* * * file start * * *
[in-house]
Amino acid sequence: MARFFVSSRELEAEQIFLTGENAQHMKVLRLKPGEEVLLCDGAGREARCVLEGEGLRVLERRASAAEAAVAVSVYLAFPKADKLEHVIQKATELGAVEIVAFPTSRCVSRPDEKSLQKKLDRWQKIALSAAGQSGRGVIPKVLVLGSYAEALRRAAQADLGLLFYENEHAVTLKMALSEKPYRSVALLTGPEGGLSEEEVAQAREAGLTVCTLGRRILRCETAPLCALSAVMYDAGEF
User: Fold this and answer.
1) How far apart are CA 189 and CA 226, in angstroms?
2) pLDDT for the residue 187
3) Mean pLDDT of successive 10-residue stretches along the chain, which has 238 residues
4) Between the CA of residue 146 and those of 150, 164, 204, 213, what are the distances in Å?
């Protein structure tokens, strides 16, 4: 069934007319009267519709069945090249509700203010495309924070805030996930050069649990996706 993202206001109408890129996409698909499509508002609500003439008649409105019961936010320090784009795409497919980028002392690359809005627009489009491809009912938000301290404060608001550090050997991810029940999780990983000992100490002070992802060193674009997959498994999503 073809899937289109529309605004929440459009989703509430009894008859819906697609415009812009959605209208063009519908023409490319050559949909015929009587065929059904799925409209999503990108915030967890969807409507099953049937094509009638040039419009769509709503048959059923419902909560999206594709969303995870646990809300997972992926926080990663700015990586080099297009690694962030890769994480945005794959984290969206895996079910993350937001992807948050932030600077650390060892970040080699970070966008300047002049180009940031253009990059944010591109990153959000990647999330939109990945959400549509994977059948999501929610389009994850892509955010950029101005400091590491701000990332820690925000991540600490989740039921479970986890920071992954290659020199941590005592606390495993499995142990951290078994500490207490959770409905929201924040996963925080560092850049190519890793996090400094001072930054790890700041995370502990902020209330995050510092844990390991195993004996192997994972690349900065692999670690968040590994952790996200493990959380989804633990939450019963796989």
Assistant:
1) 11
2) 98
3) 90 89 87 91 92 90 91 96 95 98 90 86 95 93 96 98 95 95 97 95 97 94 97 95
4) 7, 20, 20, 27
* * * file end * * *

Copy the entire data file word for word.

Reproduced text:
[in-house]
Amino acid sequence: MARFFVSSRELEAEQIFLTGENAQHMKVLRLKPGEEVLLCDGAGREARCVLEGEGLRVLERRASAAEAAVAVSVYLAFPKADKLEHVIQKATELGAVEIVAFPTSRCVSRPDEKSLQKKLDRWQKIALSAAGQSGRGVIPKVLVLGSYAEALRRAAQADLGLLFYENEHAVTLKMALSEKPYRSVALLTGPEGGLSEEEVAQAREAGLTVCTLGRRILRCETAPLCALSAVMYDAGEF
User: Fold this and answer.
1) How far apart are CA 189 and CA 226, in angstroms?
2) pLDDT for the residue 187
3) Mean pLDDT of successive 10-residue stretches along the chain, which has 238 residues
4) Between the CA of residue 146 and those of 150, 164, 204, 213, what are the distances in Å?
């Protein structure tokens, strides 16, 4: 069934007319009267519709069945090249509700203010495309924070805030996930050069649990996706 993202206001109408890129996409698909499509508002609500003439008649409105019961936010320090784009795409497919980028002392690359809005627009489009491809009912938000301290404060608001550090050997991810029940999780990983000992100490002070992802060193674009997959498994999503 073809899937289109529309605004929440459009989703509430009894008859819906697609415009812009959605209208063009519908023409490319050559949909015929009587065929059904799925409209999503990108915030967890969807409507099953049937094509009638040039419009769509709503048959059923419902909560999206594709969303995870646990809300997972992926926080990663700015990586080099297009690694962030890769994480945005794959984290969206895996079910993350937001992807948050932030600077650390060892970040080699970070966008300047002049180009940031253009990059944010591109990153959000990647999330939109990945959400549509994977059948999501929610389009994850892509955010950029101005400091590491701000990332820690925000991540600490989740039921479970986890920071992954290659020199941590005592606390495993499995142990951290078994500490207490959770409905929201924040996963925080560092850049190519890793996090400094001072930054790890700041995370502990902020209330995050510092844990390991195993004996192997994972690349900065692999670690968040590994952790996200493990959380989804633990939450019963796989």
Assistant:
1) 11
2) 98
3) 90 89 87 91 92 90 91 96 95 98 90 86 95 93 96 98 95 95 97 95 97 94 97 95
4) 7, 20, 20, 27